About education, Saladin wrote "children are brought up in the way in which their elders were brought up." According to one of his biographers, al-Wahrani, Saladin was able to answer questions on Euclid, the Almagest, arithmetic, and law, but this was an academic ideal and it was study of the Qur'an and the "sciences of religion" that linked him to his contemporaries.[6] Several sources claim that during his studies he was more interested in religion than joining the military.[7] Another factor which may have affected his interest in religion was that during the First Crusade, Jerusalem was taken in a surprise attack by the Christians.[7] In addition to Islam, Saladin had a knowledge of the genealogies, biographies, and histories of the Arabs, as well as the bloodlines of Arabian horses. More significantly, he knew the Hamasah of Abu Tammam by heart.[6]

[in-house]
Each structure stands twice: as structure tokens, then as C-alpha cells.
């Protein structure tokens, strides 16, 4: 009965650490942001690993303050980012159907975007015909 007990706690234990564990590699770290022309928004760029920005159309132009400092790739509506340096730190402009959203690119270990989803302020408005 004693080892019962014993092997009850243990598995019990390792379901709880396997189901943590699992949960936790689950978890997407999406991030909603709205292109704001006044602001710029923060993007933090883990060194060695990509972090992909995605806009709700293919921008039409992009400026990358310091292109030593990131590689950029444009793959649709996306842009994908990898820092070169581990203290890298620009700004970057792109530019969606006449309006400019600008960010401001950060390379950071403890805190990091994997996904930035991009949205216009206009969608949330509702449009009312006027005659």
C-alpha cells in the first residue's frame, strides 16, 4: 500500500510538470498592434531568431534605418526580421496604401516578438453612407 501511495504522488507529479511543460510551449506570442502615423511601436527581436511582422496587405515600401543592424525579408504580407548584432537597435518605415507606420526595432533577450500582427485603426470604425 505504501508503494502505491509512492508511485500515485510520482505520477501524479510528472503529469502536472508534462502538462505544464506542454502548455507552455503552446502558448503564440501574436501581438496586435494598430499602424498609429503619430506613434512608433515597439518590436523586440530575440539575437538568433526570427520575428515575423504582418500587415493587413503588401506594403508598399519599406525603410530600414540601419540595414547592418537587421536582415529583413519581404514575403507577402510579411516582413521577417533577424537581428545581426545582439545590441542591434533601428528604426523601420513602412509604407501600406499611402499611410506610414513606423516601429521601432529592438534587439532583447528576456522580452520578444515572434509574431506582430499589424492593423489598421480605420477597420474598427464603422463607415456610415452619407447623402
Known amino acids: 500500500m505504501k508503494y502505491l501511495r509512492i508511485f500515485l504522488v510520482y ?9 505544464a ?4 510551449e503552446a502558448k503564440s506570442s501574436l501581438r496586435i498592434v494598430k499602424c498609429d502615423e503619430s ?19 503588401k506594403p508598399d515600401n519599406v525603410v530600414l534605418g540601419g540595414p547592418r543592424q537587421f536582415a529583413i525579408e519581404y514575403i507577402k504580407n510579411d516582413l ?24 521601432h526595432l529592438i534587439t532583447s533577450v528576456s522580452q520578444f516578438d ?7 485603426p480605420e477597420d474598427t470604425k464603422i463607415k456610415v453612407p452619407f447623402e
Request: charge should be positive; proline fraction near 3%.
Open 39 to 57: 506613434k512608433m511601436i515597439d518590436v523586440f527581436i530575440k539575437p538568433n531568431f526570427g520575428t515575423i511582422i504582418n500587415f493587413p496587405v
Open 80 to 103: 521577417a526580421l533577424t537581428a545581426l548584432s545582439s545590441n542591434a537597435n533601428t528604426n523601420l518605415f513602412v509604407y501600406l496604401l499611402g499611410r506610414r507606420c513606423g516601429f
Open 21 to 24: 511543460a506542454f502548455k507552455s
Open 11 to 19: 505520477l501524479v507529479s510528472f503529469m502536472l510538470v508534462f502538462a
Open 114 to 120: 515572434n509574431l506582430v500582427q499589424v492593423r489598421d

http://en.wikipedia.org/wiki/Saladin
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Supreme
02-13-2010, 07:35 PM
Saladin was a legend. I think he's one of the great historical figures that history has shamefully neglected, well at least here in the West.
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Maryan0
02-14-2010, 12:47 AM
I very much admire Salahudeen he was truly a great muslim. May Allah have mercy on him.
salam
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Sawdah
02-14-2010, 03:44 AM
SubhanAllah, Salahudeen rahimullah was a great hero.
I listened to his biography, it was amazing.

Here's a teaser Halal Dawa Recards made :
http://www.youtube.com/watch?v=FVCsm...video_response
(the link to the actual lecture is there on the youtube page.)

If you want to download this lecture: